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What Are the Differences Between Cremation and Burial?

Inevitably, there will come a time where we must choose between having a cremation or a burial, for ourselves or one of our loved ones. It might seem challenging to decide, and will always be a stressful and demanding time, which is why researching both options before making a final decision is wise.

Burials are often considered simpler than cremations, however modern cremation processes offer transparent services with close support at each step of the process. Traditional funerals involve a more extended memorial service for family and friends and can be modest or embellished as desired. In contrast, a direct cremation in the UK is usually designed to be a more intimate affair with a small number of mourners or sometimes can be fully unattended.

Attendees – The Main Difference Between Cremation and Burial

Traditionally, burial services follow a set structure, which is usually relatively short and does not offer much opportunity for personalisation. While this might not appeal to some, while for others, it can alleviate pressure when organising such an event and allow all attendees to pay their respects in a formal and honourable way.

A burial service requires the remaining family and friends to purchase a coffin, and there are many options available according to affordability or preference.

Cremations offer greater flexibility to family and friends, choosing to have a direct cremation or unattended cremation, where a memorial service is arranged at a later date; or a simple cremation where family and friends are present. This is the main difference between a direct cremation and a more traditional funeral service, with direct cremation services offering unattended services where the loved one being honoured is attended only by a chapel attendant. Or, a simple cremation where only an intimate number of mourners are in attendance.

For some, the idea of not attending a loved one’s service can be distressing, however for many families, a traditional funeral is either not accessible financially, or not the way that the family wants to celebrate their loved one. For these reasons, direct cremations can often provide a simplified but respectful option.

Alternatively, pre-paid cremations are available to remove any stress and worry from loved ones when the time comes. These are handled in much the same way as pre-paid funerals; however, organise a cremation service ahead of time to reduce the stress and burden of planning these services.

The Difference in Cost Between Funerals and Cremations

Other than the actions taken during the service, elements such as cost, preference, and safety may affect which option is chosen, especially during a pandemic.

Fees for a traditional funeral service and burial can include the cost of the coffin, cemetery plot, cremation, and funeral director charges, plus the brick-and-mortar costs associated with the funeral home itself.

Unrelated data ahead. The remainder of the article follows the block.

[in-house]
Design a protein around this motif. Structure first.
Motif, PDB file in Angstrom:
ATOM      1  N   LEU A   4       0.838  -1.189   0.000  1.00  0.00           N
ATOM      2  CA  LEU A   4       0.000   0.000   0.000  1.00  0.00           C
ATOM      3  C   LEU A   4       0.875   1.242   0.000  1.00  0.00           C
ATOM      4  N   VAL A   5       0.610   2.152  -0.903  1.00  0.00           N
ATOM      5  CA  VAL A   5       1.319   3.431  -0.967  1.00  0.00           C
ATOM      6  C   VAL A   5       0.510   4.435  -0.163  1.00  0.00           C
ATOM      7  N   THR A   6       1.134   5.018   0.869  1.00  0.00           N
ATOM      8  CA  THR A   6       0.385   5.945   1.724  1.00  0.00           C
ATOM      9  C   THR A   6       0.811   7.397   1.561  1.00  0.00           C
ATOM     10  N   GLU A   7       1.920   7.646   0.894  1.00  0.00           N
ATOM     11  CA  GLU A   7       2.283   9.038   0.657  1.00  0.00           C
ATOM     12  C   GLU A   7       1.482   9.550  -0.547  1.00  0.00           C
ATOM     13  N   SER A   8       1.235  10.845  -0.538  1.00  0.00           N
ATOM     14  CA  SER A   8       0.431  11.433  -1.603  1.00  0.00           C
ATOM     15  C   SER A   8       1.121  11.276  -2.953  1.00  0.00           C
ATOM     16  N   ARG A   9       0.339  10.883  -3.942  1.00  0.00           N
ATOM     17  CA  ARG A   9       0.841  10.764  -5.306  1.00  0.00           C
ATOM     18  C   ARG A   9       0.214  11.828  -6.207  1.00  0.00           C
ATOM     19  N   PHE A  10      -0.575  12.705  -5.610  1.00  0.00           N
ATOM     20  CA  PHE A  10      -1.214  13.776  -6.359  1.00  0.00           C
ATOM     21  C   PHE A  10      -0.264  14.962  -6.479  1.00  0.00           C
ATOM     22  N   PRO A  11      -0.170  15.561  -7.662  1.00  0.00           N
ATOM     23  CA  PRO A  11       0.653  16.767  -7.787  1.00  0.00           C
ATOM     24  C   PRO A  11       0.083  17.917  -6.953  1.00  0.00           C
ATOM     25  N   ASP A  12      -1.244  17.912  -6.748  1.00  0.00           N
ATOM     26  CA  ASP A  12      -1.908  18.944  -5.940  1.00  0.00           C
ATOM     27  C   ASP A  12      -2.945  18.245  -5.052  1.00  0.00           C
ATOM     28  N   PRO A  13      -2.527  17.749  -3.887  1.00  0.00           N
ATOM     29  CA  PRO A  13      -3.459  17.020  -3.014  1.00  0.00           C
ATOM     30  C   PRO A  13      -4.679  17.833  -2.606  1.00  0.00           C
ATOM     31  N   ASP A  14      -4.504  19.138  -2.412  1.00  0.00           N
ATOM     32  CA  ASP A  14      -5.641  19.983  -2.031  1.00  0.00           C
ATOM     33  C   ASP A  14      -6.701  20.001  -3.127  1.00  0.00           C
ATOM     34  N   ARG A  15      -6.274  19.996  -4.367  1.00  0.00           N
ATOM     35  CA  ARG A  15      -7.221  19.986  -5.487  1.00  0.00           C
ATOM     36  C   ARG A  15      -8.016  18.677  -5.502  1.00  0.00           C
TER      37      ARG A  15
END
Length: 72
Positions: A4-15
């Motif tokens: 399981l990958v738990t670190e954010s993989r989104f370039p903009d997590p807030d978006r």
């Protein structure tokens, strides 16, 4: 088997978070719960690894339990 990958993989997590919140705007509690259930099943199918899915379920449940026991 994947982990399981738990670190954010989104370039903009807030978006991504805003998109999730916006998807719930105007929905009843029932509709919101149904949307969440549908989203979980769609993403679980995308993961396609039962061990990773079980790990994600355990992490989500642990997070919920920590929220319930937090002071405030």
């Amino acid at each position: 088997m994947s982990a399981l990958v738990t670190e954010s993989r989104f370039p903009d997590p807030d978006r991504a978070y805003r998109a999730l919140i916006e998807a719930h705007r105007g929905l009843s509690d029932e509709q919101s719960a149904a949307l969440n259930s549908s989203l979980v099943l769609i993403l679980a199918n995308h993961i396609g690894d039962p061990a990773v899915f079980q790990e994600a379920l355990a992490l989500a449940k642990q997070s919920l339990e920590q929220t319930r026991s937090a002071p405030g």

A recent study into funeral costs showed that this figure is continuously rising, with the average cost of a basic funeral increasing by more than 9% in a year. The typical cost of a funeral in the UK is now £4,417, but burial fees are also rising.

In comparison, a direct cremation is significantly less, with some cremation services offered at half the cost of a funeral service from well-respected and transparent cremation providers.

And while speaking of financial aspects can be difficult, given that we want the best for our loved ones, more often than not finances are the main driving factor in choosing how to memorialise our family members.

Both burial and cremation services can be amended according to cost, though a direct cremation may be the best option if affordability is important.

Considering The Wishes of Your Loved One

Considering the wishes of the deceased or the remaining friends and family is also a significant factor. For example, if having an eco-friendly ceremony is essential, then perhaps a burial would be favourable, as a cremation event can be considered harmful to the environment.

On the contrary, if the family wishes to scatter the ashes in a special place, cremation may be most suitable. In some cases, the ashes can be made into jewellery so that loved ones can keep these in memory of the deceased.

Which Service Might Be Most Appropriate?

During a pandemic, it might be most appropriate to have a direct cremation with a memorial service held at a later date for family and friends. Burials must be conducted quickly, which might mean that loved ones are unable to attend the service due to limited numbers.

Of course, this depends on each individual’s feelings, and if the wishes of the deceased were specified before their passing, then it is right to honour this as best as possible in the current circumstances.

The difference between having a burial and cremation are quite significant. Although more are opting for a direct cremation in the UK due to current coronavirus restrictions, this doesn’t mean that other choices aren’t still available.

Whatever decision is made, the service can be beautiful and respectful, providing a warming final memory for family and friends.